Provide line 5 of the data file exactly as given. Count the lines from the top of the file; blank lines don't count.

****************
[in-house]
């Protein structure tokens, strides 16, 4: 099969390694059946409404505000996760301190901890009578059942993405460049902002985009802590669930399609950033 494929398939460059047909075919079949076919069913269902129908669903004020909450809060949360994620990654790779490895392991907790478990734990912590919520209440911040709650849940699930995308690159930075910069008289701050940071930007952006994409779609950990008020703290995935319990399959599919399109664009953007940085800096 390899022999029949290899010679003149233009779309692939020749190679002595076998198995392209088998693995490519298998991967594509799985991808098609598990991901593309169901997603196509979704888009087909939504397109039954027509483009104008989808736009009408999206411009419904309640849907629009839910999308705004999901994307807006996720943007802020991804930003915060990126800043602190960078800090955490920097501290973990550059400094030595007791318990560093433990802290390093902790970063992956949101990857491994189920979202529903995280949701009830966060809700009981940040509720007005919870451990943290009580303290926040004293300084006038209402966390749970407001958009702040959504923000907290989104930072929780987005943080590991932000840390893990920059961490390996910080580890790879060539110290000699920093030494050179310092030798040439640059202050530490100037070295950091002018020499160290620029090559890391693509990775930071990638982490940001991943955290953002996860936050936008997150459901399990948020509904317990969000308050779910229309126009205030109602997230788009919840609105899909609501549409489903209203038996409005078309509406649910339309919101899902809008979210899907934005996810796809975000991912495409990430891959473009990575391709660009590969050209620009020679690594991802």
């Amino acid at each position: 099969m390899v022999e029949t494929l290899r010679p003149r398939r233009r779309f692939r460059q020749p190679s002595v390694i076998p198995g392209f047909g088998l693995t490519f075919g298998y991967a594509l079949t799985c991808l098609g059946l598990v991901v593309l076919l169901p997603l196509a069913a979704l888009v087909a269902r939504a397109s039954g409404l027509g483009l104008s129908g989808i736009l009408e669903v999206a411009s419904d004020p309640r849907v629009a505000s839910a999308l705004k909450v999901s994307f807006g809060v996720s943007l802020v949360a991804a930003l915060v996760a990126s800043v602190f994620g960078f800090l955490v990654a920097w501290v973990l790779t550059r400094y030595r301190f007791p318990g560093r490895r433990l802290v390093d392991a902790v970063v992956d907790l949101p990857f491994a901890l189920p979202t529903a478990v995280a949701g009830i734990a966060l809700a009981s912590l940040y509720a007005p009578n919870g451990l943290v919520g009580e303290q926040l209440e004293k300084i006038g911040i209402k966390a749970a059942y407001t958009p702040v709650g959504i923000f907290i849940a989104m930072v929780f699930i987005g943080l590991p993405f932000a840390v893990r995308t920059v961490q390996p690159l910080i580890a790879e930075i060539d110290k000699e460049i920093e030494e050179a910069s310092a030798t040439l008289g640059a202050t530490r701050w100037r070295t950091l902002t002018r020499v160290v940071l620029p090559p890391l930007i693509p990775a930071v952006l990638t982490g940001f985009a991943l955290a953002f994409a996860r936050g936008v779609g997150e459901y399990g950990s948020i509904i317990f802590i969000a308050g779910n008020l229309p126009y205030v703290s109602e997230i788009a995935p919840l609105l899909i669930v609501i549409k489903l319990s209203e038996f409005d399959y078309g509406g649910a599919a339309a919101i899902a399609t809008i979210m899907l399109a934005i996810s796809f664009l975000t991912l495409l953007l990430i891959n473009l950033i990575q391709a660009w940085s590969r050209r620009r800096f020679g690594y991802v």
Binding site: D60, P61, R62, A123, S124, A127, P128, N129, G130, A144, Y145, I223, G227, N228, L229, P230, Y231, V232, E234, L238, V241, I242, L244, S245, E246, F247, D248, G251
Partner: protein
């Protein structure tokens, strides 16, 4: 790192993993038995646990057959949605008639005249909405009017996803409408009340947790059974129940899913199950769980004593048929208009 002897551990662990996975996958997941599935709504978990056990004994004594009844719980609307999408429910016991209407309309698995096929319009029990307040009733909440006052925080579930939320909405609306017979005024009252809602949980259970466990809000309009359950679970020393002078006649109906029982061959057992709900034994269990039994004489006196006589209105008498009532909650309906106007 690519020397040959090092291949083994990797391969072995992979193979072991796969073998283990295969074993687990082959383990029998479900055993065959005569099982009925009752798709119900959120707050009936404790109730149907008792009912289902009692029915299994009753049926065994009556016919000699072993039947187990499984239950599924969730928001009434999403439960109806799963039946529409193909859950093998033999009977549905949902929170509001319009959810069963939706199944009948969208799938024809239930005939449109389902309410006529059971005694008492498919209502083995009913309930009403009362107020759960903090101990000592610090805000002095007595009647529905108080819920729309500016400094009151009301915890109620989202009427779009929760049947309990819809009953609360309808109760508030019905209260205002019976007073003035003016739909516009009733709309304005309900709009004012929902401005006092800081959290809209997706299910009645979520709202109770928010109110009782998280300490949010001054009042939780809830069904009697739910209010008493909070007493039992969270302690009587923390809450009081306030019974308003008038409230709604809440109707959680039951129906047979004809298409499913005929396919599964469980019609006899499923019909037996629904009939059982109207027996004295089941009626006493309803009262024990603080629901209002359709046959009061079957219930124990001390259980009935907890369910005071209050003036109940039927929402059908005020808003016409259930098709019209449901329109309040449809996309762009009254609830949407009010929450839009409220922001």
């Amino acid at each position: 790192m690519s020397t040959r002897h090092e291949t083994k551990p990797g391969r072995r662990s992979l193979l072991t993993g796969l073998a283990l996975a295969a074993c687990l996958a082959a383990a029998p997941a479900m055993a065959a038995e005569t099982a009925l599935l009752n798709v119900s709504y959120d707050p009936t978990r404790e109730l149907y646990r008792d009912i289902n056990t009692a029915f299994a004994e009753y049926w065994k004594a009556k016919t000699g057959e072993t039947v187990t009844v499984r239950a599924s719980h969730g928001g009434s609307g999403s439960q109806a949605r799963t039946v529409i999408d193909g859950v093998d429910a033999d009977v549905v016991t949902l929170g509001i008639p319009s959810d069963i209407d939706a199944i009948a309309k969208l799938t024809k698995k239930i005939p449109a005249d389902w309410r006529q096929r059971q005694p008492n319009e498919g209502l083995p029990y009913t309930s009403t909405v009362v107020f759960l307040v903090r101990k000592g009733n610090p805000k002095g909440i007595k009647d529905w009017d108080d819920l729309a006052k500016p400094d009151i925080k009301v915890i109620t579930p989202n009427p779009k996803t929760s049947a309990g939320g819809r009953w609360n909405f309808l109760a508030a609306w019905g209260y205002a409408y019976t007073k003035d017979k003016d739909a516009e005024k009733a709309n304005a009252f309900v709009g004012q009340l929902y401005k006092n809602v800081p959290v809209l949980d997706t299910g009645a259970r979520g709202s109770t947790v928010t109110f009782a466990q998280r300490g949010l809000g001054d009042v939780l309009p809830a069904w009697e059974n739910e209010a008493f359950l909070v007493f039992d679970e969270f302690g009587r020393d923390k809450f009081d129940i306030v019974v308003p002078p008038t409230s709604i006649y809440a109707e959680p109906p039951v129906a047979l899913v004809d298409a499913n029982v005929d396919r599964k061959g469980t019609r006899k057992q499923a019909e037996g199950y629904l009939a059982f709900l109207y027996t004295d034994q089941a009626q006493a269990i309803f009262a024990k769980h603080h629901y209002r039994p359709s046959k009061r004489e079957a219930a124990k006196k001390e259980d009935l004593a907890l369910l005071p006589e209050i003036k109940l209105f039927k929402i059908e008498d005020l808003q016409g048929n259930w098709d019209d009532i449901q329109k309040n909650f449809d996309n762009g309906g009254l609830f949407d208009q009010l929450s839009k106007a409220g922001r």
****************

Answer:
Partner: protein